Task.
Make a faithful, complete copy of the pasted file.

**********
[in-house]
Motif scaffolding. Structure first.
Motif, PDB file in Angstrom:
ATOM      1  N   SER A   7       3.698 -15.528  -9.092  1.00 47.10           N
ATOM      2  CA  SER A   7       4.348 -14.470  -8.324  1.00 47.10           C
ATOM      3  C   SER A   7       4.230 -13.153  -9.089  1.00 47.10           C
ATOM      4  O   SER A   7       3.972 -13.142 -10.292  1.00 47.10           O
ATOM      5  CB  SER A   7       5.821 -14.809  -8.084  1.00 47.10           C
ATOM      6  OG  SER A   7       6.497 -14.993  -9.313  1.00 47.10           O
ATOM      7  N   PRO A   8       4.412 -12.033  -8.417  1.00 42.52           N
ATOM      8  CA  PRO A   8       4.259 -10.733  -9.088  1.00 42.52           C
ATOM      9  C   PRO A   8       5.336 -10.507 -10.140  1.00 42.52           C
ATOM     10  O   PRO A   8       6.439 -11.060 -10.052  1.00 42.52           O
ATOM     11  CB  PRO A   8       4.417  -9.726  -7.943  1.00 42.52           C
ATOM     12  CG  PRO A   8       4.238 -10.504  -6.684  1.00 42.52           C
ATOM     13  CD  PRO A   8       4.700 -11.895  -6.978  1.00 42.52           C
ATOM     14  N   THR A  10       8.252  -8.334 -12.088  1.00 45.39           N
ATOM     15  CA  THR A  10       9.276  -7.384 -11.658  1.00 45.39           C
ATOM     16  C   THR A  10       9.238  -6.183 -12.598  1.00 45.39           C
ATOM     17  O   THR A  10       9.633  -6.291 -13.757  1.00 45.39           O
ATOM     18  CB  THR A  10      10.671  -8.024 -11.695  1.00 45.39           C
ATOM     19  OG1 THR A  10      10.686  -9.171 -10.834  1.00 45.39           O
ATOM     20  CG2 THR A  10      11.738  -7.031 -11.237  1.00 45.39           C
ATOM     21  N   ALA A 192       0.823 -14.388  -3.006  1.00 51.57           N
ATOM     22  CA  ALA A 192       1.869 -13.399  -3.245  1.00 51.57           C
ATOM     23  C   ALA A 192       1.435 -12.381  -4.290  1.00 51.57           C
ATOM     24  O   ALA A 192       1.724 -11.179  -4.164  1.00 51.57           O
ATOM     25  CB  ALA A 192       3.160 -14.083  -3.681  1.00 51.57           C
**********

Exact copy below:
[in-house]
Motif scaffolding. Structure first.
Motif, PDB file in Angstrom:
ATOM      1  N   SER A   7       3.698 -15.528  -9.092  1.00 47.10           N
ATOM      2  CA  SER A   7       4.348 -14.470  -8.324  1.00 47.10           C
ATOM      3  C   SER A   7       4.230 -13.153  -9.089  1.00 47.10           C
ATOM      4  O   SER A   7       3.972 -13.142 -10.292  1.00 47.10           O
ATOM      5  CB  SER A   7       5.821 -14.809  -8.084  1.00 47.10           C
ATOM      6  OG  SER A   7       6.497 -14.993  -9.313  1.00 47.10           O
ATOM      7  N   PRO A   8       4.412 -12.033  -8.417  1.00 42.52           N
ATOM      8  CA  PRO A   8       4.259 -10.733  -9.088  1.00 42.52           C
ATOM      9  C   PRO A   8       5.336 -10.507 -10.140  1.00 42.52           C
ATOM     10  O   PRO A   8       6.439 -11.060 -10.052  1.00 42.52           O
ATOM     11  CB  PRO A   8       4.417  -9.726  -7.943  1.00 42.52           C
ATOM     12  CG  PRO A   8       4.238 -10.504  -6.684  1.00 42.52           C
ATOM     13  CD  PRO A   8       4.700 -11.895  -6.978  1.00 42.52           C
ATOM     14  N   THR A  10       8.252  -8.334 -12.088  1.00 45.39           N
ATOM     15  CA  THR A  10       9.276  -7.384 -11.658  1.00 45.39           C
ATOM     16  C   THR A  10       9.238  -6.183 -12.598  1.00 45.39           C
ATOM     17  O   THR A  10       9.633  -6.291 -13.757  1.00 45.39           O
ATOM     18  CB  THR A  10      10.671  -8.024 -11.695  1.00 45.39           C
ATOM     19  OG1 THR A  10      10.686  -9.171 -10.834  1.00 45.39           O
ATOM     20  CG2 THR A  10      11.738  -7.031 -11.237  1.00 45.39           C
ATOM     21  N   ALA A 192       0.823 -14.388  -3.006  1.00 51.57           N
ATOM     22  CA  ALA A 192       1.869 -13.399  -3.245  1.00 51.57           C
ATOM     23  C   ALA A 192       1.435 -12.381  -4.290  1.00 51.57           C
ATOM     24  O   ALA A 192       1.724 -11.179  -4.164  1.00 51.57           O
ATOM     25  CB  ALA A 192       3.160 -14.083  -3.681  1.00 51.57           C